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Michael Burry Was Wrong, But It Doesn't Mean The Market Is Right
The famed investor might have apologised yesterday for his previous conviction to sell, but we aren't out of the woods yet for equity markets.
Legendary investor Michael Burry admitted this week “I was wrong to say sell” in February.
The stock markets have climbed since then, with the NASDAQ 100 officially entering a bull market on Wednesday.
However, with plenty of risks still present, we feel the market is getting ahead of itself.
For those not familiar with Michael Burry, we suggest sitting back this weekend and watching The Big Short, one of our teams favourite finance related movies.
It tracks the true events leading up to the financial crisis of 2008/9, and how some investors (including Burry) forecasted and accurately called the problems in the housing market. Due to this, he has since gained a cult like following and has issued some contrarian opinions. However, given his success back in 2008, he does carry weight with his thoughts.
Back in February, Burry tweeted an ominous one word ‘sell.’
Without specifying which particular financial market he was referring to, many pointed to the US equity markets. We were in a situation where expectations of a terminal Fed rate were climbing higher and higher, with concerns around inflation being more persistent.
Burry says he was wrong
By the letter of the law, Burry would technically be flat if he had shorted SPX when he initially tweeted. The index was around 4,050 points on 31/01, and it closed yesterday at 4,065 points. However, if he had shorted the NASDAQ 100, he would be down 8%.
Regardless of his actual performance over this period, he clearly feels the fundamental picture has changed. That’s why a fair amount of news coverage picked up his latest tweet:
We flag up a few contributing factors that have pushed equity markets higher this the end of January.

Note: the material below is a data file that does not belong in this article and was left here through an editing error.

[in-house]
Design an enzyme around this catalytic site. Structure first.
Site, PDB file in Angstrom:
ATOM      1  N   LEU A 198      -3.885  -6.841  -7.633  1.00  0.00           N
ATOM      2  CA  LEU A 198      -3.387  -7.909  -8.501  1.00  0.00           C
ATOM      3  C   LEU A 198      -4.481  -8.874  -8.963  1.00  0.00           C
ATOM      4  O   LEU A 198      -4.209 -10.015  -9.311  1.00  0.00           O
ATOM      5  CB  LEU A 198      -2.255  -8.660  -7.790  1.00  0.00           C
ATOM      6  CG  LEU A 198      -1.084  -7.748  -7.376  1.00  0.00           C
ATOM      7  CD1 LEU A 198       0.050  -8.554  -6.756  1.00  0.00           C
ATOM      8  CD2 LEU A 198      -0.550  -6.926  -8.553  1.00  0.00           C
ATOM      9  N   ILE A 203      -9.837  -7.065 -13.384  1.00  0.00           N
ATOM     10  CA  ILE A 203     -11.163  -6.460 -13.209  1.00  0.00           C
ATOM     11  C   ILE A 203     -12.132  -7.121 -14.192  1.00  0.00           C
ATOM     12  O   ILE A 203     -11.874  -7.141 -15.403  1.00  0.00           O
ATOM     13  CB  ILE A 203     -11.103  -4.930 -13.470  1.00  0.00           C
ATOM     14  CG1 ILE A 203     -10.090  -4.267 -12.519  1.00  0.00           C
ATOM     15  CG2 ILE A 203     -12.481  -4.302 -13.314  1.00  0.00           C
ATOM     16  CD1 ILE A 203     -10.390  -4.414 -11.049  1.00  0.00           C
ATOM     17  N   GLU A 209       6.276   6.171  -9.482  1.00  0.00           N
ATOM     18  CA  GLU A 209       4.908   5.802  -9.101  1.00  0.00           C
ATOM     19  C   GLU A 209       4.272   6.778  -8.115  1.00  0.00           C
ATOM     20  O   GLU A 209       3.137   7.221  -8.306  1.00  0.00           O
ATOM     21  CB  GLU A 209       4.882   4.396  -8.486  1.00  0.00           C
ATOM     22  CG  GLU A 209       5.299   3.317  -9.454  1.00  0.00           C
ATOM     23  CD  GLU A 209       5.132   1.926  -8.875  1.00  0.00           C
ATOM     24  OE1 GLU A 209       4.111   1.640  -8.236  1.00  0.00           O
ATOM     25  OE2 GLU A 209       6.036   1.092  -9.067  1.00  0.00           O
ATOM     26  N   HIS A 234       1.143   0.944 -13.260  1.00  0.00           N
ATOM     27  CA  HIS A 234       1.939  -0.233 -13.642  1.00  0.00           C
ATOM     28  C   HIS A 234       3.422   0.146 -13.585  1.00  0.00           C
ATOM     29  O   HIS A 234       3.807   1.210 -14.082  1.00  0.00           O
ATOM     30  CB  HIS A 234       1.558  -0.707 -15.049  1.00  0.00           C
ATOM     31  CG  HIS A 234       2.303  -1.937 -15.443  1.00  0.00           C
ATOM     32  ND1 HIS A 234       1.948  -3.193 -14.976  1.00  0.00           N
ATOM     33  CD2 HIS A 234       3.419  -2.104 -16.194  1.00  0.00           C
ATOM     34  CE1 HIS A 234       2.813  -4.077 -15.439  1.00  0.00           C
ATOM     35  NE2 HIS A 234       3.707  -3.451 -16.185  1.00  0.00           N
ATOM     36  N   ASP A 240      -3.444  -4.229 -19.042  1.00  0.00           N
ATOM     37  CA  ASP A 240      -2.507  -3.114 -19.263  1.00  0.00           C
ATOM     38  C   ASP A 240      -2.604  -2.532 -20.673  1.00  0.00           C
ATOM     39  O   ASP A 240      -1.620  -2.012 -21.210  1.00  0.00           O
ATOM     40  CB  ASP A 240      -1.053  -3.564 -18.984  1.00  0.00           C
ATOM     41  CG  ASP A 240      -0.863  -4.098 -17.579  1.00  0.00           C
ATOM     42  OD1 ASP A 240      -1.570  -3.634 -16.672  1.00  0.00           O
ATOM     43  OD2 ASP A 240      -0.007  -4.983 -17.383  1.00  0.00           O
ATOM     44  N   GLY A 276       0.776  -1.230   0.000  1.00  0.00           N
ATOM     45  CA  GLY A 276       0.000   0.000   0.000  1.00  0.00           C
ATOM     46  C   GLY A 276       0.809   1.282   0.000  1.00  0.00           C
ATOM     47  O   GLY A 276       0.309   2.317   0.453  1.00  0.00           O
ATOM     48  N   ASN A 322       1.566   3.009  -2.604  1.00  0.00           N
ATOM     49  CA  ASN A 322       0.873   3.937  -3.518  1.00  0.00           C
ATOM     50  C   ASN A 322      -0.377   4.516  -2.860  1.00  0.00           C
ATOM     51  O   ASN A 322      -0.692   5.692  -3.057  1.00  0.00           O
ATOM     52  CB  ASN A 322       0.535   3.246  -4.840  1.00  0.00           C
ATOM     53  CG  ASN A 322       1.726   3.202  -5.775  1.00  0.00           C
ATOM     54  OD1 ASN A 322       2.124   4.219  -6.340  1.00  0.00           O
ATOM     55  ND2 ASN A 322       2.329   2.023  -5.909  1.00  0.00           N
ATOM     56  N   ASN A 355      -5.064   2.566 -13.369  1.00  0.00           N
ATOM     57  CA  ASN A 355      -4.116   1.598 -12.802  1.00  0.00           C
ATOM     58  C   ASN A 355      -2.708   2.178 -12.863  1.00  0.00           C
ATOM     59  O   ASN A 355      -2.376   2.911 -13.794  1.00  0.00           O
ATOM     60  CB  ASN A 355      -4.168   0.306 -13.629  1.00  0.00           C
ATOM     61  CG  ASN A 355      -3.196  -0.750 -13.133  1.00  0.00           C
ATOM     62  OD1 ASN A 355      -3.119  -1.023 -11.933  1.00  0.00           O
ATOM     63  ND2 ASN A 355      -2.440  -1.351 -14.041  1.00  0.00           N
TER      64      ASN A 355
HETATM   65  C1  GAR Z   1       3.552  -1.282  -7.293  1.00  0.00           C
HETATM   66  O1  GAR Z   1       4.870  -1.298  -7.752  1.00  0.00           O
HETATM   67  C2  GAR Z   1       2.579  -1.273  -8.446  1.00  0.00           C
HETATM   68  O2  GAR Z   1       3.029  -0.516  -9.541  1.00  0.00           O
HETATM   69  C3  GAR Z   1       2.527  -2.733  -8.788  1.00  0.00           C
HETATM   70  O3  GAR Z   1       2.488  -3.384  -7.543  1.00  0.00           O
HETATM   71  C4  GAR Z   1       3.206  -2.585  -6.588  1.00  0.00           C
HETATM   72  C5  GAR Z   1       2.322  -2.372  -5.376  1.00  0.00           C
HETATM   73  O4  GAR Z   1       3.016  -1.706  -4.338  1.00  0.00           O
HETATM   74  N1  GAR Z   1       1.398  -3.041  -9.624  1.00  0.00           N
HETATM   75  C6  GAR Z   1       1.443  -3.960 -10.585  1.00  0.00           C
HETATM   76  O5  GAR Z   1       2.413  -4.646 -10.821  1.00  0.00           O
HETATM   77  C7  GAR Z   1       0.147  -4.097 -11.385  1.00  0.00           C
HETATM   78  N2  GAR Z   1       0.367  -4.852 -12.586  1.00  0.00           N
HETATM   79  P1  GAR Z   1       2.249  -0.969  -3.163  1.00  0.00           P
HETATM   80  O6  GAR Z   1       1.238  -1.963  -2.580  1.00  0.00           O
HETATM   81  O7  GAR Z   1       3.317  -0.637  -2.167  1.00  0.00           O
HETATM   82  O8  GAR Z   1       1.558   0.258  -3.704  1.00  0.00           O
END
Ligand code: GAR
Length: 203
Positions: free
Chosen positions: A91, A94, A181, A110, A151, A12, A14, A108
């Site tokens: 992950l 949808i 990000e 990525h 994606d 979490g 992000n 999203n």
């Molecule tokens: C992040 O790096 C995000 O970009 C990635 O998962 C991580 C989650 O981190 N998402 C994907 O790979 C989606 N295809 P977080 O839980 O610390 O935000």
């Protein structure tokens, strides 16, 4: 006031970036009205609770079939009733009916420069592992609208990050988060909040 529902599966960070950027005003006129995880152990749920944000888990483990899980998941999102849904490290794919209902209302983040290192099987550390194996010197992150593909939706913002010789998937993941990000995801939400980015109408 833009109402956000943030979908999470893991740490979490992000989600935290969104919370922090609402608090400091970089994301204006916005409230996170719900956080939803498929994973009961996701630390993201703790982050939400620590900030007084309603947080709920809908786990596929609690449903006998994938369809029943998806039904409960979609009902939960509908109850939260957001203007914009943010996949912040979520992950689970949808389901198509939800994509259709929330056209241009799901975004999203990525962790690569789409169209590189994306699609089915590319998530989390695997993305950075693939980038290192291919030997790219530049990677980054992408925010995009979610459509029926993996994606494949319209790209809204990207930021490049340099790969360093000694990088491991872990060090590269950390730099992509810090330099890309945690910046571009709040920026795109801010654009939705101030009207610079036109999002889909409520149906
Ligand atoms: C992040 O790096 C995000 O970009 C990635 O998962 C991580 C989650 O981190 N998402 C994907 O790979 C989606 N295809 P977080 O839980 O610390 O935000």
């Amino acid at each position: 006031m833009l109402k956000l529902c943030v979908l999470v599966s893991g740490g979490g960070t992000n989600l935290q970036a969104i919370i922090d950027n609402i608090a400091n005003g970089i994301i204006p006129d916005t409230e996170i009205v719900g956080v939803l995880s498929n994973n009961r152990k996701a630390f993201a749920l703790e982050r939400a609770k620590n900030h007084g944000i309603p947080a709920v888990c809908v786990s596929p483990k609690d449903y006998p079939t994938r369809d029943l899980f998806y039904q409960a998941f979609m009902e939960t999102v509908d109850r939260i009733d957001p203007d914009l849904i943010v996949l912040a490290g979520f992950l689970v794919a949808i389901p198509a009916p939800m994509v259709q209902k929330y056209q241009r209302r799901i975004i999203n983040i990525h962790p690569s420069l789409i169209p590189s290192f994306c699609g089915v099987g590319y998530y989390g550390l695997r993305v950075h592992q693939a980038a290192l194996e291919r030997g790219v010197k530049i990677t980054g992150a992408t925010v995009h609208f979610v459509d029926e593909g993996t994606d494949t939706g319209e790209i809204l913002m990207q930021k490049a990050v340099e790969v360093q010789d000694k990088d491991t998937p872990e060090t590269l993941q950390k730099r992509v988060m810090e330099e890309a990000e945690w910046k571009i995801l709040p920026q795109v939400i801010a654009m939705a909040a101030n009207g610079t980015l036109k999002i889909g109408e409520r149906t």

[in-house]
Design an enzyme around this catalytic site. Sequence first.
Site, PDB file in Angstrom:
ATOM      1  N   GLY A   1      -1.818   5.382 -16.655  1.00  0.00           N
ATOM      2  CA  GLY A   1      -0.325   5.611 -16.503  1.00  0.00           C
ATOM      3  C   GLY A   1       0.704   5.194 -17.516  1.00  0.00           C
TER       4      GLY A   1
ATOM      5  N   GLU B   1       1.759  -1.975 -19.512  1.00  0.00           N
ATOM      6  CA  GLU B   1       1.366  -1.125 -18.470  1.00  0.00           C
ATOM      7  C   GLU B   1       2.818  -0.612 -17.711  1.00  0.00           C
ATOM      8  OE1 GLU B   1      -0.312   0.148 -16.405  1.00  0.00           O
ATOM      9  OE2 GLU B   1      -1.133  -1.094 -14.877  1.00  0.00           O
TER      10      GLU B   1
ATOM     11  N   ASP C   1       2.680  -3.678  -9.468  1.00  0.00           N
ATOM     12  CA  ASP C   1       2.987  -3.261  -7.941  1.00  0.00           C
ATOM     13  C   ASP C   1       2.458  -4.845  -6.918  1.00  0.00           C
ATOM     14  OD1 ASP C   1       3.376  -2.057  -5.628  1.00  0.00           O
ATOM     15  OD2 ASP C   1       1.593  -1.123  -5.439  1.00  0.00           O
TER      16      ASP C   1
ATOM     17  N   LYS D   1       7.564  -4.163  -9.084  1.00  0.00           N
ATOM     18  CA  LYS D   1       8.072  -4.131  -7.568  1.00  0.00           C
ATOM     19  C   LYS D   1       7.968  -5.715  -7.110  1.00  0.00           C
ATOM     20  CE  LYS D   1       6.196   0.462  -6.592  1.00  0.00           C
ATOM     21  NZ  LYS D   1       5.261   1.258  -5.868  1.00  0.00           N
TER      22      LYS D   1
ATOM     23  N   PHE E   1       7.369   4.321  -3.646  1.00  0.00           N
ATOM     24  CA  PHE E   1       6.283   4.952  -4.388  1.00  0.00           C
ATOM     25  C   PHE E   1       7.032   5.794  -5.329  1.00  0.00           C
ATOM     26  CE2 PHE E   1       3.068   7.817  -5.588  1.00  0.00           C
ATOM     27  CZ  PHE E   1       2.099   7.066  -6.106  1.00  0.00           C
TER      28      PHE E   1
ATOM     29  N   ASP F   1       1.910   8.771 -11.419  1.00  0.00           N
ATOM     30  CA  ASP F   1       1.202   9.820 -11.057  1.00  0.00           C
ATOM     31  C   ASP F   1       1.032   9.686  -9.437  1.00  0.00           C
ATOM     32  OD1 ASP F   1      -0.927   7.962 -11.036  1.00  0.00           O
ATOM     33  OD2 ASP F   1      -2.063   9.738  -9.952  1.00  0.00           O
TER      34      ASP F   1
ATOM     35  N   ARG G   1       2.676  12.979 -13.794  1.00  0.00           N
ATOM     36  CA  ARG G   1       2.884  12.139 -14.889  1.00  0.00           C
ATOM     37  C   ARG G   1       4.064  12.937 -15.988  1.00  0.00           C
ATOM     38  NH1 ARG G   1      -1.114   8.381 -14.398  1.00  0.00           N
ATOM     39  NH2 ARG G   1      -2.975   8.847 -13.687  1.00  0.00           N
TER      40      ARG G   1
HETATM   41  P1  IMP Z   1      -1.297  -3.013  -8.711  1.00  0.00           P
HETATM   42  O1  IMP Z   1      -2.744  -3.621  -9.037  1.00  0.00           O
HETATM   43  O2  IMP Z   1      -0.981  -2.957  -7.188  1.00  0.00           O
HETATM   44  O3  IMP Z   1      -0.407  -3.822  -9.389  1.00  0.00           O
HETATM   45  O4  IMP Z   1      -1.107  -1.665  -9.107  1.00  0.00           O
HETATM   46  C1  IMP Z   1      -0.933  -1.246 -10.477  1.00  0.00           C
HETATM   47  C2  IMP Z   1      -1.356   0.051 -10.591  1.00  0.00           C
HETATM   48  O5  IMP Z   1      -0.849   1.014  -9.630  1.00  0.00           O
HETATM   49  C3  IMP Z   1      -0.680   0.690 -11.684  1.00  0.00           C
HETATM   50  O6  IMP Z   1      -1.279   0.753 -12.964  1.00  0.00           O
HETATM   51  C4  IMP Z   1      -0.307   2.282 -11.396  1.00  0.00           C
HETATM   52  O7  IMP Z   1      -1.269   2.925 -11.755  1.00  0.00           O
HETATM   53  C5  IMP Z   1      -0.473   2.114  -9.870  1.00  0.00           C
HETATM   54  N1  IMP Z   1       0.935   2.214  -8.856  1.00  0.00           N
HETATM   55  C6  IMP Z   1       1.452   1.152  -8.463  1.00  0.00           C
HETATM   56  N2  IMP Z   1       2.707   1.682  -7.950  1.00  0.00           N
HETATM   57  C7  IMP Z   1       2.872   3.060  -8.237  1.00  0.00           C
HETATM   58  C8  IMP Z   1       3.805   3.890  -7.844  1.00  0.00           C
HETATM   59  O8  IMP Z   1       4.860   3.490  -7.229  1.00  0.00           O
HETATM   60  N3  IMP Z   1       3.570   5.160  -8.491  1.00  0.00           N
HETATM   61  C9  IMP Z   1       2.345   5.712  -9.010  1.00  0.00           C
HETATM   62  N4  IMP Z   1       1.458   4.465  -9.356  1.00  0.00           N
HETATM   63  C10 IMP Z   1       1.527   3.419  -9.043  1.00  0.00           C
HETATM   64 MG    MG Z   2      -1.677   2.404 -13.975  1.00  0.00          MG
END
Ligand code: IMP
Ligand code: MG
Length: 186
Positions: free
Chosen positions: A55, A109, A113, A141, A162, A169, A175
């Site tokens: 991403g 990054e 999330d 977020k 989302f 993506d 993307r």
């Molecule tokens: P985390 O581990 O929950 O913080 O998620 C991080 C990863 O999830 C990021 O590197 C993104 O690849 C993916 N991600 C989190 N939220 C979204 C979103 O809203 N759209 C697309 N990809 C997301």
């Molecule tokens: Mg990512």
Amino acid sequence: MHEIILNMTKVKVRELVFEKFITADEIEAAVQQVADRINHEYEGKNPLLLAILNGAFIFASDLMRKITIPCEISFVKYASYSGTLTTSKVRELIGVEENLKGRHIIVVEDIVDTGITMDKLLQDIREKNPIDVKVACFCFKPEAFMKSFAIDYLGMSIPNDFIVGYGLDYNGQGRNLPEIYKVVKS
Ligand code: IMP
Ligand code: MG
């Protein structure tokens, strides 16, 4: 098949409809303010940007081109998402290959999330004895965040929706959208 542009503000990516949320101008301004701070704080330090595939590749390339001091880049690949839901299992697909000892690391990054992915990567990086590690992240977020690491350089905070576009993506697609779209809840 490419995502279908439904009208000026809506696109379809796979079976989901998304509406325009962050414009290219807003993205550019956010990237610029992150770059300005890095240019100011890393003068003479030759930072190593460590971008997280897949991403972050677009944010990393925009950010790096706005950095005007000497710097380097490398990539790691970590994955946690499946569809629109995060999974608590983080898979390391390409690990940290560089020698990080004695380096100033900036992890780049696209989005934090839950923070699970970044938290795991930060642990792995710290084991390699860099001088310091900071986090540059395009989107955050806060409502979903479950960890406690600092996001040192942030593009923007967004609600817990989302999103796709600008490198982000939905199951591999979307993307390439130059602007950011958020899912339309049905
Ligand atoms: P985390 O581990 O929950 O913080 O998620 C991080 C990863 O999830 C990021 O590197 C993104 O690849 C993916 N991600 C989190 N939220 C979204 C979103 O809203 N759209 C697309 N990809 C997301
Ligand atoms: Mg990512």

The response to the issues with SVB and First Republic showed investors they effectively have a backstop either from Tier 1 banks or the US Gov.
UST yields have moved lower across the curve, easing expectations about further significant Fed hikes.
Broader risk sentiment globally has improved, shown by increases in the price of assets such as Bitcoin.
The expansion of the Fed’s balance sheet (by some $400bn) also can be seen to have a correlation to the move higher in the NASDAQ, shown by the below chart.
Why the market isn’t always right
The bump higher in the past month might be justified to some from the above reasons. Yet we don’t feel that we’re anywhere near out of the woods yet.
To begin with, we feel the market is looking at the financial instability from failed banks in the wrong way. It shouldn’t be a case of celebrating the backstops being provided by the state. Rather, it should be concerned about the lack of risk management and balance sheet prudence of the banks.
We haven’t seen bank runs and failures of this extent since Burry became famous back in 2008. Why isn’t the market understanding that this isn’t a normal occurrence in the US banking sector?
Another point of worry is that at the last US Fed meeting, Powell reiterated his priority remains inflation control and backed this up by the committee hiking by 25bps. Since then, Fed president Bullard has backed further hikes later this year.
Given the current US rate is 4.75-5.00%, you might think the market is pricing in a year end rate of 5.25% or even 5.50%. Nope. It’s currently at 4.37%.
You can get a feel for the short end of the yield curve from the below pricing:
The correlation between rates and equity markets is strong. We feel there is a clear disconnect from what the Fed is telling us and what is currently being priced in. If we’re correct, the stock market should fall when it reprices.
Where is the smart money going?
A very telling chart to us is the flows into money market funds (see below). We had a sharp spike at the start of the pandemic, as investors pulled money from stocks and other assets and put it into MMF. We’re seeing another spike at the moment.
Given the rise in yields, we feel the smart money is moving OUT of stocks and into MMF as an example.
We are also seeing strong demand for gold. XAU/USD recently tested $2,000 and appears to be consolidating just below this level for another opportunity to break higher in coming weeks. Year-to-date, the precious metal is up 8.8%.
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